Let’s clear up a few things before we get started, shall we?
First of all, no, I’m not actually suggesting that Jesus is edible. But I mean, I didn’t create communion so this really seems like someone else’s issue. Second of all, yes, my mother does have some boundaries, contrary to what you’re about to hear, but I think she’s losing the grip on them little by little every single day.
Where was I? Oh yeah, Jesus.
So, a few months ago, I found a loaf of bread at Trader Joe’s that isn’t as much “bread” as it is “lentils and soybeans and millet and barley and a whole bunch of other non-bread shit that’s been cooked down and smashed together in bread form.” It’s delicious and healthy, and it ranks very highly on my list of Things I Eat Most Of The Time So That I Can Eat Gratuitous Amounts Of Nutella All Those Other Times.
In addition to being healthy, it’s also magical bible bread that bears the name “Ezekiel 4:9” on the packaging and a scripture quote on the side that’s basically like, “GOD WANTS YOU TO EAT THIS BREAD” and really, I’m in no position to be turning down instructions like that.
A few days after I first found the bread, I called my mother – our family’s resident religious person – to tell her that she should be proud of me for eating Jesus bread. She sighed and asked me to please not call it Jesus bread. I told her that I’d try, but that “Jesus bread” was a pretty catchy name and that I’d said it enough times already that she was probably out of luck.
When I went home for Thanksgiving, I brought some of the Jesus bread with me. I was all, “You have to try this!” and she was like, “I’d rather just stick with my English muffins, thank you.” And I was all, “Do you see an endorsement from Jesus on the label of those English muffins?” And she was like, “That’s not a Jesus quote! That’s an Old Testament quote! You’re eating Old Testament bread. Leave Jesus alone!”
A few days later, when I was cooking Thanksgiving dinner, I asked my mother if she could do me a favor. “This better not have anything to do with your Jesus bread,” she responded. “Relax, Ma, I just need you to hand me the cheese grater.” Except, apparently, my parents don’t own a cheese grater. To which I say: SERIOUSLY?? WHO DOESN’T OWN A CHEESE GRATER?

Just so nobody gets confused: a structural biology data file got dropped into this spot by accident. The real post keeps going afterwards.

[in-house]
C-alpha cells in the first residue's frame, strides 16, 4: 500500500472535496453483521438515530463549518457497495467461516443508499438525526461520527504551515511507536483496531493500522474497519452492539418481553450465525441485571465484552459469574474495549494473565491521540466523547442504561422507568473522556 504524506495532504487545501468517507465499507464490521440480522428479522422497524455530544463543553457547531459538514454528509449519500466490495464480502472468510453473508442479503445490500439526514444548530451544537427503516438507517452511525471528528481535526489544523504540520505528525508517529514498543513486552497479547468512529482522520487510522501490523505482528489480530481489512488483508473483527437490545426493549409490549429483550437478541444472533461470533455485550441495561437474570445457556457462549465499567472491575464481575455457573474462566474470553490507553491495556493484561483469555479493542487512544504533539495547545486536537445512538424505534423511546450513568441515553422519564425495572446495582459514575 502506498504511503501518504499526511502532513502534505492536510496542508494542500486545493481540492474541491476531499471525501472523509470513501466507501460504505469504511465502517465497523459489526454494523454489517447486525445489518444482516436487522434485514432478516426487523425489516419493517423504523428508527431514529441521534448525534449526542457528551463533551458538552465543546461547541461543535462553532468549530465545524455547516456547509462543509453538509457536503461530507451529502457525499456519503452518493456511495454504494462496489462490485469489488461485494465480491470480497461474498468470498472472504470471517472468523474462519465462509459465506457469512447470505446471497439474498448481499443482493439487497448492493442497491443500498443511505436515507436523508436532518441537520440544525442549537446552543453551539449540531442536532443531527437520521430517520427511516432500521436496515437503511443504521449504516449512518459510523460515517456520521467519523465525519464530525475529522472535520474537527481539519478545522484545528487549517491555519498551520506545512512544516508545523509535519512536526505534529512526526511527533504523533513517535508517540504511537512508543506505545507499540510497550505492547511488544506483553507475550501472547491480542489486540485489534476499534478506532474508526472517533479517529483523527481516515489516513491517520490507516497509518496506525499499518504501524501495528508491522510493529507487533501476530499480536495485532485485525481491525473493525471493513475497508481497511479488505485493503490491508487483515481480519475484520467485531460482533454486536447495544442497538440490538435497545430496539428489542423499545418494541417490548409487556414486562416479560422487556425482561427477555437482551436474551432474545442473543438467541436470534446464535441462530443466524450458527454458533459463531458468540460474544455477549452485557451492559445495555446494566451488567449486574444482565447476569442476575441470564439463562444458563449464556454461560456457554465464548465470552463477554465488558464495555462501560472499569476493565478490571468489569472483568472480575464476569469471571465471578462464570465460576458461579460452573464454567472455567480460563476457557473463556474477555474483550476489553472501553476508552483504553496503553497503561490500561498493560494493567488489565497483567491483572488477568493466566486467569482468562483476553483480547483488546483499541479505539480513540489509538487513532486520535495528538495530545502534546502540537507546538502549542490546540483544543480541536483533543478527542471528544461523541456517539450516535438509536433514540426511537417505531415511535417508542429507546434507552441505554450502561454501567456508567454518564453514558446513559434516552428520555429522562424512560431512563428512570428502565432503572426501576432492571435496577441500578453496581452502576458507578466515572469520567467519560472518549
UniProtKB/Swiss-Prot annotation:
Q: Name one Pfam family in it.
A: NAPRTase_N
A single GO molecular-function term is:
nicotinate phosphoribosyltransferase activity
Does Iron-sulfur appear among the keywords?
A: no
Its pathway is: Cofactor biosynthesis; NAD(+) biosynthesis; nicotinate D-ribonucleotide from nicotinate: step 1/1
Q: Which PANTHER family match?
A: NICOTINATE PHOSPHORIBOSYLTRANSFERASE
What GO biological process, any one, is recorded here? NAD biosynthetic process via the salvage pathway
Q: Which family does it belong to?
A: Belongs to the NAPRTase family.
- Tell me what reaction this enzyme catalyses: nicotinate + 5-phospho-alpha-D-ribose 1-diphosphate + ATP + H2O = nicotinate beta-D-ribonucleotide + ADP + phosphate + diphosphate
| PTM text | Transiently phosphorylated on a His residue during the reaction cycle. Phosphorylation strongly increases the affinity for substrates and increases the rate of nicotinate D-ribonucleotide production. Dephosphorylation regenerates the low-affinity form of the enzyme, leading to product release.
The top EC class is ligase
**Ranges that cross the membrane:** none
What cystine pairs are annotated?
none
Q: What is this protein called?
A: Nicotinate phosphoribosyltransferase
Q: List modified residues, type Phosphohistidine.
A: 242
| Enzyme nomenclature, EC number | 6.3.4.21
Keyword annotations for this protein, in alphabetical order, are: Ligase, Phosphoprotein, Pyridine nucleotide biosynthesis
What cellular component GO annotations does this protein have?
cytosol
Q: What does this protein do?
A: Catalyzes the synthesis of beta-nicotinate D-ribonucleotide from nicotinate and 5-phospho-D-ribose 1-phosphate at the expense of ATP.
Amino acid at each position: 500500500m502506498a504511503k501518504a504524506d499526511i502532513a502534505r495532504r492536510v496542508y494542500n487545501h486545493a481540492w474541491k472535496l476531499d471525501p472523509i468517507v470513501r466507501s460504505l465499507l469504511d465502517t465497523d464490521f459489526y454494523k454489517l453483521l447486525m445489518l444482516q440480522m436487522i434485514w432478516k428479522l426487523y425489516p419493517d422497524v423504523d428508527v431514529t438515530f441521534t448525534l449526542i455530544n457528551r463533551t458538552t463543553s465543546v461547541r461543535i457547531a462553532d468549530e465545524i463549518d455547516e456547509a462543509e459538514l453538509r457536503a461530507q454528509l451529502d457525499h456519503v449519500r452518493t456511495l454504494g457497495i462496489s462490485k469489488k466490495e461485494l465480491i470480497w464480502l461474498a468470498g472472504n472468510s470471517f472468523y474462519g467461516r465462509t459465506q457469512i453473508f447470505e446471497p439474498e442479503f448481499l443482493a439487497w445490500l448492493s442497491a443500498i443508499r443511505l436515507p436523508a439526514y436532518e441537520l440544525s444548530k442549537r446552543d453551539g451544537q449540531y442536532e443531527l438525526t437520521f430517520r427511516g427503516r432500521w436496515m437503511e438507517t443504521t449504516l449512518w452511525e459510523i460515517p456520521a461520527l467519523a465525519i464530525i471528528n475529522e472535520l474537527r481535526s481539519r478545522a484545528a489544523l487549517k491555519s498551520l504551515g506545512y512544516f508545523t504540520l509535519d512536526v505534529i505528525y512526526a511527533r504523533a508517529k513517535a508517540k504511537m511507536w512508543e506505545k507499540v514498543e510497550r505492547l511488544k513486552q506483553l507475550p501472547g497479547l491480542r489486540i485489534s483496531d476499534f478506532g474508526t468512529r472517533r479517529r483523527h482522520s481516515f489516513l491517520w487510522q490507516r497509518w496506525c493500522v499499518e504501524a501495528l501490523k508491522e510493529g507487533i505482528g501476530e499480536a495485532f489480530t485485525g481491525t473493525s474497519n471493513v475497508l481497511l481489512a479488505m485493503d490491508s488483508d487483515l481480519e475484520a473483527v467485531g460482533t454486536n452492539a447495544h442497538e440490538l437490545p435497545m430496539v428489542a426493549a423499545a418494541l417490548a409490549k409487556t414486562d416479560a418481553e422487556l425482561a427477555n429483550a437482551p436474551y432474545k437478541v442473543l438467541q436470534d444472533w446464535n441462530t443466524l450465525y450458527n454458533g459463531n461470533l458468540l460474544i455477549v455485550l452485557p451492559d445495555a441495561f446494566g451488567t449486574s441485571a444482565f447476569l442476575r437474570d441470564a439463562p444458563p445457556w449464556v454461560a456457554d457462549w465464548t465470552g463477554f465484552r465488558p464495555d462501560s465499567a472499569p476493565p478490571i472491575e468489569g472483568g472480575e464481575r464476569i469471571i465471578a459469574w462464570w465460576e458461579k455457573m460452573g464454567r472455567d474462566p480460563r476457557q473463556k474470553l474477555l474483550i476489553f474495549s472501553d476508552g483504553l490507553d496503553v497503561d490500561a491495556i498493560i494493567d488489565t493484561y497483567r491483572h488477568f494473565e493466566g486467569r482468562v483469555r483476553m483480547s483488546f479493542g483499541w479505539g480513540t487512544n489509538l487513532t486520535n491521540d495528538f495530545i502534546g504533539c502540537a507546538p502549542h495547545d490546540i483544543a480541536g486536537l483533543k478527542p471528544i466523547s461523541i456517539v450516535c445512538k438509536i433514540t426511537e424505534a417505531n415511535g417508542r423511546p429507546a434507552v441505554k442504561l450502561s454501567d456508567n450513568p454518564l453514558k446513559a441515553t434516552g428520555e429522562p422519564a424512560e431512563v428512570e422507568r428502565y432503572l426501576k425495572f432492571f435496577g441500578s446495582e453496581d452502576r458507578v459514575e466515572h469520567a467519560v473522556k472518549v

“Then how am I going to grate all of this cheese?” I asked.
“Well,” she said slowly. “I might have a solution for you, but you can’t judge me.”
“No, really,” she said, “you have to know up front that I understand that this is going to sound more disgusting than it really is.”
She took a deep breath, “We could sanitize my foot thing and use that.”
“My foot thing. You know, that little silver tool that scrapes dead skin off your heel?”
“I mean, we’ll sanitize it! Of course we’ll sanitize it. Stop looking at my like that!! I’ll put it in boiling water and it’ll be the cleanest foot tool that’s ever been used to grate a block of Gruyere cheese!”
I stared at her in horror for a few minutes before carefully explaining why, in fact, we weren’t going to do that, and then I moved on with plan B for the cheese, trying desperately to rid myself of this new set of traumatizing mental images.
Later that weekend, she looked at me and said, “This is going to wind up on your blog, isn’t it?” I shrugged. “Yeah,” she said, “It’ll be right there next to all the other stories about how I accidentally sent porn to my entire church and how I don’t believe in evolution and how I’m forcing you to take my cremated ashes to Lapland so I can spend my afterlife celebrating eternal Christmas.”
I was all, “DO YOU HEAR YOURSELF RIGHT NOW?? Instead of worrying about individual blog posts, you should be grateful that I don’t have an ENTIRE FUCKING WEBSITE about you and all of your shenanigans and that I’m not charging you for a lifetime’s worth of therapy.”